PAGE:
The Ozarks Clean Air Alliance, a subcommittee of the Environmental Collaborative of the Community Partnership of the Ozarks, presented an award recognizing efforts made to benefit the health of citizens in the region through air quality protection and improvement. Daniel Hedrick, Director of Environmental Affairs for City Utilities and OCAA member, presented their award to Brian Adams, Coordinator of Air Quality Control for the City of Springfield Department of Environmental Services. Brian is a 1979 graduate of the University of Missouri in Columbia, with a Bachelor of Science degree in Atmospheric Science from MU’s College of Agriculture. After working for a couple of weather forecasting companies in St Louis, in August, 1980, Brian began working for the St Louis County Health Department in the Air Pollution Control Division. In late November, 1983, an Air Quality position opened up in the City of Springfield and Brian was hired. In January, 1984, Brian began working at the Springfield-Greene County Health Department in the Air Pollution Control Division to do industrial air inspections, complaint investigations, asbestos inspections and air emissions inventory duties. In 2006, Brian began doing the daily air quality forecasts on the website AirNow.gov for the Springfield area that can be heard on weather radio and seen on Weather Underground and the Weather Channel. Brian became Coordinator of Air Quality Control in 2008, and in July, 2011, the Air Quality Control Division moved to the new Department of Environmental Services and into the Environmental Resource Center along with the City’s Waste Management, Water Quality and Sustainability Divisions. Brian is a founding member and an integral part of the Ozarks Clean Air Alliance and also serves on the Community Partnership of the Ozarks Environmental Collaborative. His mild demeanor and willingness to always be of help is recognized and appreciated by the businesses with whom he works, by other City staff and by the regulatory community. Married to wife Laurie for over 35 years, they are the proud parents of a son and two daughters, and the grandparents of two boys and a girl, with a fourth grandbaby expected in August. Brian has announced his retirement date from the City of Springfield for this October – now he’ll have much more time to spend with those grandbabies.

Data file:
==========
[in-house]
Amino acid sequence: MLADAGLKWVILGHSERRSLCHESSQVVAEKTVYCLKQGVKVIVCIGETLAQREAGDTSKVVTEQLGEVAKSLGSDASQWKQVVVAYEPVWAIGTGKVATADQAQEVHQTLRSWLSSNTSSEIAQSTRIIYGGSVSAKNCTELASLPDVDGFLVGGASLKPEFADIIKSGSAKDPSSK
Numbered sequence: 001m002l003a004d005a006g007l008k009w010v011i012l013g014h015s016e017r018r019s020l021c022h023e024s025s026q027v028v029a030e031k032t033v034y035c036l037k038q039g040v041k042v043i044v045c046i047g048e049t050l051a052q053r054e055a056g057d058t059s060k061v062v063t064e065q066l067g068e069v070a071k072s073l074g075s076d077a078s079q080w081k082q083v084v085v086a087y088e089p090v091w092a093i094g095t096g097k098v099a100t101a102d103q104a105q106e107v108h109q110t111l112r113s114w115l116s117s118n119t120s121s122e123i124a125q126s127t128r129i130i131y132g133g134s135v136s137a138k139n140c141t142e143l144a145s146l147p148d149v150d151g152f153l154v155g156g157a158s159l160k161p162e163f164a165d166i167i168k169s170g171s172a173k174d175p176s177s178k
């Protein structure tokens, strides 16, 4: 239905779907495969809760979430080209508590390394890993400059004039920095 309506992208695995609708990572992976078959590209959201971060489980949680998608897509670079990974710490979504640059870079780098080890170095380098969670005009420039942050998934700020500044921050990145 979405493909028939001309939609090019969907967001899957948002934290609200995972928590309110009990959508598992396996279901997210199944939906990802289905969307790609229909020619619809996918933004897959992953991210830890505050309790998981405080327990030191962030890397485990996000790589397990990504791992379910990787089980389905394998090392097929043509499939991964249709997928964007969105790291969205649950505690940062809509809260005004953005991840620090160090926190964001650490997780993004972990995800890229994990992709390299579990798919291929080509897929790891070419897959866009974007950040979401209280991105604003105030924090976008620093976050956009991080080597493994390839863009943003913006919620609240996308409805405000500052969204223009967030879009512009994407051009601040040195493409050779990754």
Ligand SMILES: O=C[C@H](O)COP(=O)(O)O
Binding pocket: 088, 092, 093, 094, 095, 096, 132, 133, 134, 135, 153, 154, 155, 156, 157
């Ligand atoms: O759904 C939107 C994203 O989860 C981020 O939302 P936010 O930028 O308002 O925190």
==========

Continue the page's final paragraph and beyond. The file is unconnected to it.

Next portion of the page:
The Springfield Plateau Missouri Master Naturalist Chapter recognized the outstanding contributions of individuals toward conservation of the natural environment. Melvin Johnson, founding member and previous Choose Environmental Excellence award recipient presented the awards.